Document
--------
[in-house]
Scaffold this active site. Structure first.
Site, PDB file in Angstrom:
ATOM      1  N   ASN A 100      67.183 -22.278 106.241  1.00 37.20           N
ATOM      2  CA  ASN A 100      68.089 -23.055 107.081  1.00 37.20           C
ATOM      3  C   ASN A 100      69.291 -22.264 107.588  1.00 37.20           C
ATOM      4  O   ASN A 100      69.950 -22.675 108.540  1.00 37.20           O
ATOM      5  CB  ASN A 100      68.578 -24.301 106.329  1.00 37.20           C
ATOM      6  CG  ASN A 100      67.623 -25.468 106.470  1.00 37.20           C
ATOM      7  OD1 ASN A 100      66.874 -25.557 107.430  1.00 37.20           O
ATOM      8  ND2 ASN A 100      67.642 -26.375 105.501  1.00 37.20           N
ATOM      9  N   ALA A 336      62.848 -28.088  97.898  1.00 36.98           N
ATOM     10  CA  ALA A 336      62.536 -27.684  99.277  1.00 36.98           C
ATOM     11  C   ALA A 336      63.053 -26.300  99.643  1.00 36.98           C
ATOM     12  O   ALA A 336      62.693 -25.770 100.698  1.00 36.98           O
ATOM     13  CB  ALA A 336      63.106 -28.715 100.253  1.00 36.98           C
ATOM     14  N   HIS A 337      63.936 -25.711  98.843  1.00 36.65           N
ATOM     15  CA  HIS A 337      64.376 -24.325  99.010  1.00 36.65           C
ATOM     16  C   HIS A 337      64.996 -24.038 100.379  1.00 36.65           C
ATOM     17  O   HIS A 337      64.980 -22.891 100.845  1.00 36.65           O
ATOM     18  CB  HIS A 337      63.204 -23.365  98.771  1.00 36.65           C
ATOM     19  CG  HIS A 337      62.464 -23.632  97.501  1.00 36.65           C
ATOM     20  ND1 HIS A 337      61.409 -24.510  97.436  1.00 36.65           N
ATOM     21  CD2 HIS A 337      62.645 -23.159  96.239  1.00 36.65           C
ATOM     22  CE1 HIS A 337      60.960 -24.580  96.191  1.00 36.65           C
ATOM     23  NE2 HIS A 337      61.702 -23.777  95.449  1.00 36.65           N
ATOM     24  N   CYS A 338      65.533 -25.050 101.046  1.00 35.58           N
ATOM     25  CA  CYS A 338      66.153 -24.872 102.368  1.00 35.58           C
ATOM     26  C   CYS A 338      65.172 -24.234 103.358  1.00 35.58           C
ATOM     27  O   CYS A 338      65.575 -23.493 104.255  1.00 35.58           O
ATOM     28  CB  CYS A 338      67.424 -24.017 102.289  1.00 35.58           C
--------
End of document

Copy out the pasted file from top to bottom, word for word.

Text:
[in-house]
Scaffold this active site. Structure first.
Site, PDB file in Angstrom:
ATOM      1  N   ASN A 100      67.183 -22.278 106.241  1.00 37.20           N
ATOM      2  CA  ASN A 100      68.089 -23.055 107.081  1.00 37.20           C
ATOM      3  C   ASN A 100      69.291 -22.264 107.588  1.00 37.20           C
ATOM      4  O   ASN A 100      69.950 -22.675 108.540  1.00 37.20           O
ATOM      5  CB  ASN A 100      68.578 -24.301 106.329  1.00 37.20           C
ATOM      6  CG  ASN A 100      67.623 -25.468 106.470  1.00 37.20           C
ATOM      7  OD1 ASN A 100      66.874 -25.557 107.430  1.00 37.20           O
ATOM      8  ND2 ASN A 100      67.642 -26.375 105.501  1.00 37.20           N
ATOM      9  N   ALA A 336      62.848 -28.088  97.898  1.00 36.98           N
ATOM     10  CA  ALA A 336      62.536 -27.684  99.277  1.00 36.98           C
ATOM     11  C   ALA A 336      63.053 -26.300  99.643  1.00 36.98           C
ATOM     12  O   ALA A 336      62.693 -25.770 100.698  1.00 36.98           O
ATOM     13  CB  ALA A 336      63.106 -28.715 100.253  1.00 36.98           C
ATOM     14  N   HIS A 337      63.936 -25.711  98.843  1.00 36.65           N
ATOM     15  CA  HIS A 337      64.376 -24.325  99.010  1.00 36.65           C
ATOM     16  C   HIS A 337      64.996 -24.038 100.379  1.00 36.65           C
ATOM     17  O   HIS A 337      64.980 -22.891 100.845  1.00 36.65           O
ATOM     18  CB  HIS A 337      63.204 -23.365  98.771  1.00 36.65           C
ATOM     19  CG  HIS A 337      62.464 -23.632  97.501  1.00 36.65           C
ATOM     20  ND1 HIS A 337      61.409 -24.510  97.436  1.00 36.65           N
ATOM     21  CD2 HIS A 337      62.645 -23.159  96.239  1.00 36.65           C
ATOM     22  CE1 HIS A 337      60.960 -24.580  96.191  1.00 36.65           C
ATOM     23  NE2 HIS A 337      61.702 -23.777  95.449  1.00 36.65           N
ATOM     24  N   CYS A 338      65.533 -25.050 101.046  1.00 35.58           N
ATOM     25  CA  CYS A 338      66.153 -24.872 102.368  1.00 35.58           C
ATOM     26  C   CYS A 338      65.172 -24.234 103.358  1.00 35.58           C
ATOM     27  O   CYS A 338      65.575 -23.493 104.255  1.00 35.58           O
ATOM     28  CB  CYS A 338      67.424 -24.017 102.289  1.00 35.58           C